NEARLY ALL MEN IN LAGOS ARE MAD-BOOK REVIEW BY ABDULLAH .A. LATEEFAT.

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Hello, Readers!
I am Lateefat, your frisky book reviewer, and I like to write my reviews in the most perkiest, engaging and whimsical way. So, if you are looking for a review you’ll read with a muscular frown on your face — Oops! This one is not it.
Today’s review is on one of the most popular books currently, in the country; “NEARLY ALL MEN IN LAGOS ARE MAD”. Warning: quite a number of obscene words in this.
Let’s get into it.

The book “NEARLY ALL MEN IN LAGOS ARE MAD” is a collection of short stories written by the Nigerian Author, Damilare Kuku. The book consists of 12 Chapters, describing the lamentable experiences of several Nigerian women in the hands of Lagos men and relationships.
The book utilizes wit, humor and creativity in exposing the craziness that exists in finding true, lasting love in the wildest city in the world, Lagos.
In my less sensitive word, it analyzes the common ‘madness’ various Lagos men tend to exhibit on a daily basis. From cheating scums to ‘mummy – pamper me’ adult men down to fake life boy swindlers from the trenches. The description is harsh. I know.
As mentioned in the book title, the settings in the chapters are in Lagos and it contains short stories that is of good advantage to people who do not enjoy reading large or long novels.
The first thing I welcomed and enjoyed about this book was her narrative style. It is unique because it is less common to see stories written in second person. The constant use of “You” felt like I could just see her pointing a finger at me. Like, I know your story and I’m telling you what you did.
My favorite Chapter was the first one “Cuck Up”. It gives a glimpse into the life of a typical Nigerian wife, Isi, who, despite being married to a lazy entitled man, Lukumon, who readily persuades and gaslights her into engaging in an extra marital affair to satisfy his own selfish wants, still exhibits patience and calm in the marriage, for the sake of their daughter, Kitan.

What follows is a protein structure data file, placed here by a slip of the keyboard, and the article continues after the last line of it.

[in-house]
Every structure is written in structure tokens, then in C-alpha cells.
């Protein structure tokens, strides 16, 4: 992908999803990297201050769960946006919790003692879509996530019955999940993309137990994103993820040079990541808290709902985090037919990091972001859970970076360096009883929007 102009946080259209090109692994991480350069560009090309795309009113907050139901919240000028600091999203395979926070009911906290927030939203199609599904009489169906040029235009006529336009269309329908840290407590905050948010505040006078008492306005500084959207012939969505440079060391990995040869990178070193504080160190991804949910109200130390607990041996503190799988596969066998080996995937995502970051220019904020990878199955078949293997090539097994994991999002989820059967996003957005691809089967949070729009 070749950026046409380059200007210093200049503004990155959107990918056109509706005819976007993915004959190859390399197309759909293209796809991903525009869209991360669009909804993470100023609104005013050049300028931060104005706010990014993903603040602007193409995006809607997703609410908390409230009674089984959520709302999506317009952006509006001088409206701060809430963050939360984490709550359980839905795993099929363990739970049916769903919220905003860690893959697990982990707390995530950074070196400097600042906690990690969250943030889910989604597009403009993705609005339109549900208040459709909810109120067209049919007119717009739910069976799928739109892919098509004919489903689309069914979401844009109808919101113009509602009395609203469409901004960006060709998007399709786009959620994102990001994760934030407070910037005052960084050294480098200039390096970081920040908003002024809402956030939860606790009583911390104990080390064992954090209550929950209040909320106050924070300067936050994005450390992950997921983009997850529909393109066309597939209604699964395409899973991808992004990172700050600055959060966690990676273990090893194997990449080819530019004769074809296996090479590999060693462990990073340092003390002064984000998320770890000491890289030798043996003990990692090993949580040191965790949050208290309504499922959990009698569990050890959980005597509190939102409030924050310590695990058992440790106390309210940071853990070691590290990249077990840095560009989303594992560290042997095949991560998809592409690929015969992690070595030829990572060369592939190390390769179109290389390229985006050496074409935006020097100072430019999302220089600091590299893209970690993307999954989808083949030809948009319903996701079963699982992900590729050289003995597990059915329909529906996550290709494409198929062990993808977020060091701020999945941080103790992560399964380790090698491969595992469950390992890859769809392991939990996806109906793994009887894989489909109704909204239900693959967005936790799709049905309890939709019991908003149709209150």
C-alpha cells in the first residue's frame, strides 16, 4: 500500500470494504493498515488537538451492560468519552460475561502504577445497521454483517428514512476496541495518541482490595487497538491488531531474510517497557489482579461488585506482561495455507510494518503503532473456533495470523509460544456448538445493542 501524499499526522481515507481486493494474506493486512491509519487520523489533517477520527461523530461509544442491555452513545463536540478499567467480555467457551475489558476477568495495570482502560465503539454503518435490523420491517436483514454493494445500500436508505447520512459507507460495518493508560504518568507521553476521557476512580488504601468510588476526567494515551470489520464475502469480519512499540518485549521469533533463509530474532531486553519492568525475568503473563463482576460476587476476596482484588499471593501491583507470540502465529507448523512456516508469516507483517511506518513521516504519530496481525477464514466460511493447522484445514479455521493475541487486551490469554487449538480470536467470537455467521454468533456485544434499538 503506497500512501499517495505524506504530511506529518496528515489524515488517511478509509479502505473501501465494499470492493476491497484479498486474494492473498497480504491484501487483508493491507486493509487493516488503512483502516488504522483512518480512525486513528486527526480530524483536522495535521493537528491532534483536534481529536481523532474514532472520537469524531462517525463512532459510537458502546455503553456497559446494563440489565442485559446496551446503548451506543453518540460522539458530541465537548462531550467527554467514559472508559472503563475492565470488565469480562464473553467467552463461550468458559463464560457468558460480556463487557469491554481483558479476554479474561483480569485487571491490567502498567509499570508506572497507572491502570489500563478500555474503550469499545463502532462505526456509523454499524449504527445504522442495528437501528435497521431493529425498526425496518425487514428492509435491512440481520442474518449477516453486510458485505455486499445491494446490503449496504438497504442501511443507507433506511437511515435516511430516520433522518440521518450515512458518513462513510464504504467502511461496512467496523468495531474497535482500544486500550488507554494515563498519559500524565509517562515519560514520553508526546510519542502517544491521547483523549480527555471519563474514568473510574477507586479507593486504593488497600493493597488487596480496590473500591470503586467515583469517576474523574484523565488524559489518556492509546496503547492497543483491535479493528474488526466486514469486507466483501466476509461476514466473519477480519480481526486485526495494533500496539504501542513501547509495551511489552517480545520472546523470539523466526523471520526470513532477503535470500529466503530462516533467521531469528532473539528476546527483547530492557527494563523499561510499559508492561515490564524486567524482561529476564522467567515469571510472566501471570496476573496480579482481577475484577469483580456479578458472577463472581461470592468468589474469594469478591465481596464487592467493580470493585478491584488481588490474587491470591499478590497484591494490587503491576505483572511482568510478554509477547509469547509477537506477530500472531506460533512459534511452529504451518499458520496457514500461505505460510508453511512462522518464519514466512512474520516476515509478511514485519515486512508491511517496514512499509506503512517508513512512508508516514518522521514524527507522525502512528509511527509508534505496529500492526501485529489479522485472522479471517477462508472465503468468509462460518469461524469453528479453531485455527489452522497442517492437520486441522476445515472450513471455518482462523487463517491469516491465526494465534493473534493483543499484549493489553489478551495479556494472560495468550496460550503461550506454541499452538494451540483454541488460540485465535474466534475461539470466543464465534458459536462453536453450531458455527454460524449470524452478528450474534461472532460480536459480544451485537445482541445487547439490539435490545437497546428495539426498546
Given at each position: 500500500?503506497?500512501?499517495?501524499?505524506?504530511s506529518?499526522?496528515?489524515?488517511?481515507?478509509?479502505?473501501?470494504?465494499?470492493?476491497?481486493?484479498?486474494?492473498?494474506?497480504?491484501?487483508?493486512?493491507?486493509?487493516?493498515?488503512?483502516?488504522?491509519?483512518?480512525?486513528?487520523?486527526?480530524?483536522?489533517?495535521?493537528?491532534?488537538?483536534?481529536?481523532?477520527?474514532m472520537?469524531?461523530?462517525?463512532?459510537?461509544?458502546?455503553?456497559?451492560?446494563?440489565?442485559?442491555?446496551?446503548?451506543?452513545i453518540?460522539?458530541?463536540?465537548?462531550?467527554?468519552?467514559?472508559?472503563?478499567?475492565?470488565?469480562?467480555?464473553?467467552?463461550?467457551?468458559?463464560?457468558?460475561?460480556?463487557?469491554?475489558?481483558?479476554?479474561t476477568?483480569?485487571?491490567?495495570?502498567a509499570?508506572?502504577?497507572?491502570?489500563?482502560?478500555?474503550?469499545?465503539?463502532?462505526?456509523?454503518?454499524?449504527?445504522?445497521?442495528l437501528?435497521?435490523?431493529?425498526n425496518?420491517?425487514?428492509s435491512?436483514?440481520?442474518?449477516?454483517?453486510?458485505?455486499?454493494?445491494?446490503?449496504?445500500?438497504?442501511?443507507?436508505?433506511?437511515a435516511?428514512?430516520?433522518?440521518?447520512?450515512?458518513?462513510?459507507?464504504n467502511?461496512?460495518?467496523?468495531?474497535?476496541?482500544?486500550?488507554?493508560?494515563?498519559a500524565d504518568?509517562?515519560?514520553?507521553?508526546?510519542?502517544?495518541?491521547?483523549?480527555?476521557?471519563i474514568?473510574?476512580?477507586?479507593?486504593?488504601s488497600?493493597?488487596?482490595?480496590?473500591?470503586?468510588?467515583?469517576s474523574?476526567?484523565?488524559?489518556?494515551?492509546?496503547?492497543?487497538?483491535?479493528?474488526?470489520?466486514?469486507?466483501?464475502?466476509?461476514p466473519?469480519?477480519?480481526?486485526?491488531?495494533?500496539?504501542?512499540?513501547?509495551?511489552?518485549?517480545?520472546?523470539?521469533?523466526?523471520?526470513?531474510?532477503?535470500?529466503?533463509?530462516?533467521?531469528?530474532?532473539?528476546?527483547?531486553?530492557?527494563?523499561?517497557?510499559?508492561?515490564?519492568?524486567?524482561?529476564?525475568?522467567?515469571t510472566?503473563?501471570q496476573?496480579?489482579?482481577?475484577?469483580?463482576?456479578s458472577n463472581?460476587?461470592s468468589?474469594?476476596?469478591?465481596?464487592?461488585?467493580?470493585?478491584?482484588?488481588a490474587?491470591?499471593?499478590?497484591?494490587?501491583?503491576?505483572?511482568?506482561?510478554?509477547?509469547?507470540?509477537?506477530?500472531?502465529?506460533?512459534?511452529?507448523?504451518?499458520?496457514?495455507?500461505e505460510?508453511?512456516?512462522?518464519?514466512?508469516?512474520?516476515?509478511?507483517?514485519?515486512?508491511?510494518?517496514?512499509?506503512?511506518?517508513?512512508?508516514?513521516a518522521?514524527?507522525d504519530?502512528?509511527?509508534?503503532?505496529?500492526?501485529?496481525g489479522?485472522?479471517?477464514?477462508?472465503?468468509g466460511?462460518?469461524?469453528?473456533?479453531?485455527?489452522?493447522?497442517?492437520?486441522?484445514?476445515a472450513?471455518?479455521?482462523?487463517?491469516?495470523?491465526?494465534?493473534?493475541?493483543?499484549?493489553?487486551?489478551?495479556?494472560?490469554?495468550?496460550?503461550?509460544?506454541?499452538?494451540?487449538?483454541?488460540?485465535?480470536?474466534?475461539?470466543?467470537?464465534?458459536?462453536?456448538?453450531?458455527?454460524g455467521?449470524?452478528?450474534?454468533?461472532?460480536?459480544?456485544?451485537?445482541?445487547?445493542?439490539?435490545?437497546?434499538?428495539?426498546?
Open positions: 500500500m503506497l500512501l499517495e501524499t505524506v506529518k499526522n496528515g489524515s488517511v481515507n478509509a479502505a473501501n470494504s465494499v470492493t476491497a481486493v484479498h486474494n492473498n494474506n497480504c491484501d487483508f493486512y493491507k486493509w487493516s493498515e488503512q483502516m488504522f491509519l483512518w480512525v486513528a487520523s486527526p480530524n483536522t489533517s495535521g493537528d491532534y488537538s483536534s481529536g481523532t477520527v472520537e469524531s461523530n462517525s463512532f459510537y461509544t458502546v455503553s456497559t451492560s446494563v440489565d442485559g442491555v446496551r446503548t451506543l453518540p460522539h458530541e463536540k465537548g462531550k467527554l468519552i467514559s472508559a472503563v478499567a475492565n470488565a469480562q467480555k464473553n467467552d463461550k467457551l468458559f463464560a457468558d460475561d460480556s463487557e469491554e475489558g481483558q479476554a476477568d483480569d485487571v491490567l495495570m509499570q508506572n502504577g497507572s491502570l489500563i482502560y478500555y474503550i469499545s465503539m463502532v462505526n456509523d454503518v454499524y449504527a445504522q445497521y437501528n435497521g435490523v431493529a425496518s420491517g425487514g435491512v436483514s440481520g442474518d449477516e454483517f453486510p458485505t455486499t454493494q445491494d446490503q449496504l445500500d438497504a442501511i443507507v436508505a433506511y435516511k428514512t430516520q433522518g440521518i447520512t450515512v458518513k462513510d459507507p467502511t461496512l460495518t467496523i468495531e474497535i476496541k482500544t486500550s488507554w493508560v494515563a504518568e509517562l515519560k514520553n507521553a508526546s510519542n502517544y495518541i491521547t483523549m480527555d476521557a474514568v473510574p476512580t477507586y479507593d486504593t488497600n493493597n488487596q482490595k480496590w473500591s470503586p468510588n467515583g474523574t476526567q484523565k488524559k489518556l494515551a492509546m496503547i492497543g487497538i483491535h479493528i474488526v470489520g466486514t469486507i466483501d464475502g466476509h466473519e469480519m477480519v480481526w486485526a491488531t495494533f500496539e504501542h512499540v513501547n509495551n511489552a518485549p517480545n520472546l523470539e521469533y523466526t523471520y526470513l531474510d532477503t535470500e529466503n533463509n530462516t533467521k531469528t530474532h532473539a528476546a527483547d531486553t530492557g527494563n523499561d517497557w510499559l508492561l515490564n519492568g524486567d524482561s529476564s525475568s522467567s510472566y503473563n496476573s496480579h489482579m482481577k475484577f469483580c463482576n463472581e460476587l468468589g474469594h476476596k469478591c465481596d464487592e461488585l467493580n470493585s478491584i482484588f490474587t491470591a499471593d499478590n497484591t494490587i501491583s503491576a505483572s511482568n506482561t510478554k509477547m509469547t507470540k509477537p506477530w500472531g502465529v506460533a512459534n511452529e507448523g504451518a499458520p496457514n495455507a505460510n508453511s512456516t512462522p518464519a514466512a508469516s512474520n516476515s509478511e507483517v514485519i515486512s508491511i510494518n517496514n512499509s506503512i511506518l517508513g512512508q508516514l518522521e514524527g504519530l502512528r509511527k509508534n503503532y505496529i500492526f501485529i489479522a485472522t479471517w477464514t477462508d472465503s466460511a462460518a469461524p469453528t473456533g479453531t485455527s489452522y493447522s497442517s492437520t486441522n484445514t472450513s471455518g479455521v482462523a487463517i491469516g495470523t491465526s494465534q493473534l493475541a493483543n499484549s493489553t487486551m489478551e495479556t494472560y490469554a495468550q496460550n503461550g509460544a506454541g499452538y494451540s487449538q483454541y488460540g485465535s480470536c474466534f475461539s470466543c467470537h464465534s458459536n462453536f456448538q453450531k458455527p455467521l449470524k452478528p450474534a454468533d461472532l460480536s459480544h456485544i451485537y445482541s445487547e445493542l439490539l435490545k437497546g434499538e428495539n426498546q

I was captured on the very first line introducing the chapter which read, ” One night, you will calmly put a knife to your husband’s penis and promise to cut it off”. It piqued my curiosity. I mean —-what?.
Why would you do that? I wanted to know and as I read on, with every line, I fell more and more in love with this chapter. I love how she describes scenerios, employing a bit of humor every now and then.
When she wrote “You will be amused that she calls it (penis) member, It will make you smile”. Oh it did make me smile. It was totally ridiculous and very apt. Typical africans of the older generation tend to find their throats knot when it comes to mentioning these sexual words. It feels like a bitter phlegm on their tongue. They like to be ‘decent’ about it. Understandable to an extent.
I also enjoyed how she describes romantic things “……leaving sweets, and sweeter notes”. Poetry!
I laughed out loud at the part where Lukumon had argued that Isi was wasting money on sending their daughter, Kitan to a private school when she could thrive in a public school ” ….and turn out well, just like he did”. It was hilarious because he is a useless man and when you read the book, you would laugh too.
Above all, I admire Isi’s calm, yet resilient and supportive attitude. Despite her husband’s mindless display of laziness in taking a job offer serious, Isi writes the CV for her nonchalant husband, prints and submits it on his behalf.
My favorite part was her relaxed demeanor amidst the whole ruckus Lukumon’s family were displaying and how she mockingly said to his mother, “Ask your son why he made me sleep with another man for money”.
My other favorite chapters were Annoited wife, Ode- pus complex and A lover’s vendetta but unfortunately, I had to stop reading this book at Chapter 8 “Cat Fish”, which brings me to what I dislike about the book.
I am not prudish o but I got tired of reading the erotic words. It started to get banal and distasteful for me. Personally, I am not a fan of romantic or erotic novels. I easily tire of them especially when the entire theme is focused on sex and passion.
As I read on, I was looking forward to at least one chapter that was totally about something else without the mention of obscene words or acts and when I got to Chapter 8 “Cat fish” and at the first line, ‘dick’ welcomed me, I said Okay bye and shut the book. I did not want to read another chapter of sexually starved men and definitely do not want to keep reading about their ‘member’.
If you have no problem with erotic novels and not such a ‘baby’ like me, you will most definitely enjoy this book, hence, I will only recommend this book to adults, probably above 20 because of the X-rated words in it.
NEARLY ALL MEN IN LAGOS is a fantastic read and will most definitely keep your mind engaged and your mouth, laughing. It is a very real and relatable story because 80% of women must have had one or two experiences with some of these Lagos demons called Men. Apologies o to my Lagos male readers. No, I do not hate you.
I’ll rate this book 7/10 as I did not read it till the end and I’ll also advise that you read this when you are close with your ‘bobo’ or husband. You’ll thank me when you read it.
Also, You might give it a better rating when you read it but I think 7 is fair for me.
Good luck and I hope you enjoyed the review.

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